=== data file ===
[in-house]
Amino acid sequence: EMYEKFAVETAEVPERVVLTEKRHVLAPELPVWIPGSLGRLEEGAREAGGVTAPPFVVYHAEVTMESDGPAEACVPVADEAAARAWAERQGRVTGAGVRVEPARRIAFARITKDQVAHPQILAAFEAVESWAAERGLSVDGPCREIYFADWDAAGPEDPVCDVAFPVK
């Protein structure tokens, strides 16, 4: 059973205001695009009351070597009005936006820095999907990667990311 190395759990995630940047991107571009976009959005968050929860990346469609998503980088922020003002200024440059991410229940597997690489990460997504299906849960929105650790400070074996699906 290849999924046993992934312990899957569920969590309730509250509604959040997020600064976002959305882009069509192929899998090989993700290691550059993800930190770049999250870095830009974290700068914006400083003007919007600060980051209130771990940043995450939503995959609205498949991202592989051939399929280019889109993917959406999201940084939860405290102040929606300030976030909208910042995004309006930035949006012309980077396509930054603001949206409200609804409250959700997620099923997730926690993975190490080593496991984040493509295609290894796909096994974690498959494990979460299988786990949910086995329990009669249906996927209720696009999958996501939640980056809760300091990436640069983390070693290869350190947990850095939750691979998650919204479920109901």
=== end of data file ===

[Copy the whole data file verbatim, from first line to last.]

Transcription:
[in-house]
Amino acid sequence: EMYEKFAVETAEVPERVVLTEKRHVLAPELPVWIPGSLGRLEEGAREAGGVTAPPFVVYHAEVTMESDGPAEACVPVADEAAARAWAERQGRVTGAGVRVEPARRIAFARITKDQVAHPQILAAFEAVESWAAERGLSVDGPCREIYFADWDAAGPEDPVCDVAFPVK
């Protein structure tokens, strides 16, 4: 059973205001695009009351070597009005936006820095999907990667990311 190395759990995630940047991107571009976009959005968050929860990346469609998503980088922020003002200024440059991410229940597997690489990460997504299906849960929105650790400070074996699906 290849999924046993992934312990899957569920969590309730509250509604959040997020600064976002959305882009069509192929899998090989993700290691550059993800930190770049999250870095830009974290700068914006400083003007919007600060980051209130771990940043995450939503995959609205498949991202592989051939399929280019889109993917959406999201940084939860405290102040929606300030976030909208910042995004309006930035949006012309980077396509930054603001949206409200609804409250959700997620099923997730926690993975190490080593496991984040493509295609290894796909096994974690498959494990979460299988786990949910086995329990009669249906996927209720696009999958996501939640980056809760300091990436640069983390070693290869350190947990850095939750691979998650919204479920109901």